Bangladeshi Marine Community, Singapore

Bangladeshi Marine Community, Singapore

The Butterfly Effect: Making Every Drop Counts

(Steps Toward Energy Efficiency of Ships)


Abu Hasan Rony

Energy Manager, Eaglestar Marines (S) Pte Ltd


Anatomically it took about 200,000 years to evolve an intelligent species like humans who had triumphed over other species and conquered the world. So far, we found no other habitable place in the universe yet, so that we could endure and extend our empire to the outer space. Of course, our expedition for new life into the galaxies continues each day we expand our horizon with new technology and discoveries. It is the time to ask, where are we heading? Abandon and Escape? Unfortunately, still it looks impossible, but, Climate Change-Clock is ticking. How much time we have here? Hurry-up!!

Fossil fuel is one important that keeping the civilization moving till today. Todays, energy scarcity is so critical that most of the modern wars can be somehow related to energy. Every country is feeling the bite of energy now. With the growing economic activities, mankind needs a clean and abundant source of energy for its existence. Greenhouse gas skyrocketing while increasing the effect of climate change- i.e., icecap melting, sea level rise, and many weather severities around globe. We should be alarmed by the environmental concerns today than ever before. There is no alternatives of taking lean approach for saving our planet which manifests as minimizing wastage and improving sustainably utilizing every bit and drop of resources, products and services are accounted for promoting greener activities in the world. A tiny amount of saving of mother earth’s resources gives a positive impact on our environmental footprint which can be appreciated as the butterfly effect.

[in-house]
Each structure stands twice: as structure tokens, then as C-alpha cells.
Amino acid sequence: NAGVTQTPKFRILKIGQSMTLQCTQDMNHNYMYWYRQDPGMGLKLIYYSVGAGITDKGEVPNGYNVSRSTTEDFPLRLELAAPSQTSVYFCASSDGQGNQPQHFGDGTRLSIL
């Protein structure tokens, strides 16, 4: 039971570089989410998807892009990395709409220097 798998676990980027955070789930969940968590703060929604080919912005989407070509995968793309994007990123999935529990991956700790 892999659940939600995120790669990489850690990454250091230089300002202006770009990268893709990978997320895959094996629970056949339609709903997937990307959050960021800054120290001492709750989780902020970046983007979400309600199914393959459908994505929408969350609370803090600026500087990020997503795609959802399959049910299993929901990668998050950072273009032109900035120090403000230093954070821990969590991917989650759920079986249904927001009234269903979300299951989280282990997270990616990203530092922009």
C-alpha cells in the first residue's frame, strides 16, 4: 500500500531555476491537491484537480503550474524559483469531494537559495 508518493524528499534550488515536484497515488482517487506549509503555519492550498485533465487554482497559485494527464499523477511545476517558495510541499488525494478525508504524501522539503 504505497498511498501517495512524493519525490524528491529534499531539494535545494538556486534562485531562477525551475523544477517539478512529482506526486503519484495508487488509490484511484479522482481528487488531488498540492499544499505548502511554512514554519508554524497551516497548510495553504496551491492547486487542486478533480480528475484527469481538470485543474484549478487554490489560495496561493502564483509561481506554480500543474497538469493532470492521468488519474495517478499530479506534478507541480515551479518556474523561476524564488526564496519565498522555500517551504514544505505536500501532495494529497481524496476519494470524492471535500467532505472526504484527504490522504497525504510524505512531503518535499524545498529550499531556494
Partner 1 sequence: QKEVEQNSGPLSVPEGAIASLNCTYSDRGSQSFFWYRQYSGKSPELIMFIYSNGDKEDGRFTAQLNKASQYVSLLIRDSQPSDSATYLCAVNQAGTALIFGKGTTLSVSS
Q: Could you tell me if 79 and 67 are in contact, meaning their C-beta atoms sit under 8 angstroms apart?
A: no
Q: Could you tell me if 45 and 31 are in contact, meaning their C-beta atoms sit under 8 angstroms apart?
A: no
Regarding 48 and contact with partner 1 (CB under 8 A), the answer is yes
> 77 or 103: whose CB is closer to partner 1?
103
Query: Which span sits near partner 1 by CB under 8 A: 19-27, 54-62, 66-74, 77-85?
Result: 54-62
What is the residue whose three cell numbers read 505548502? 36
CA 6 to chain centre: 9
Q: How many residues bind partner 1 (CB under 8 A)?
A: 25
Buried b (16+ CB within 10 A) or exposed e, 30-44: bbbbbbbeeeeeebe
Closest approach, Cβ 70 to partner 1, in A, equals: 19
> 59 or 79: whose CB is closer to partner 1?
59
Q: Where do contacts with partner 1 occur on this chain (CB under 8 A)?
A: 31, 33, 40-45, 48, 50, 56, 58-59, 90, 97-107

The butterfly effects

Edward Lorenz, in 1950 developed the chaos theory which describes the butterfly effect representing the sensitive dependence on initial conditions in which a small change in one state of a deterministic nonlinear system can result in large differences in a later state. The concept is imagined with a butterfly flapping its wings and causing a typhoon. Of course, a single act like the butterfly flapping its wings cannot cause a typhoon. A small event can act as a catalyst at the outset of an event and have a greater impact on the later stage along the time towards the final product of the event.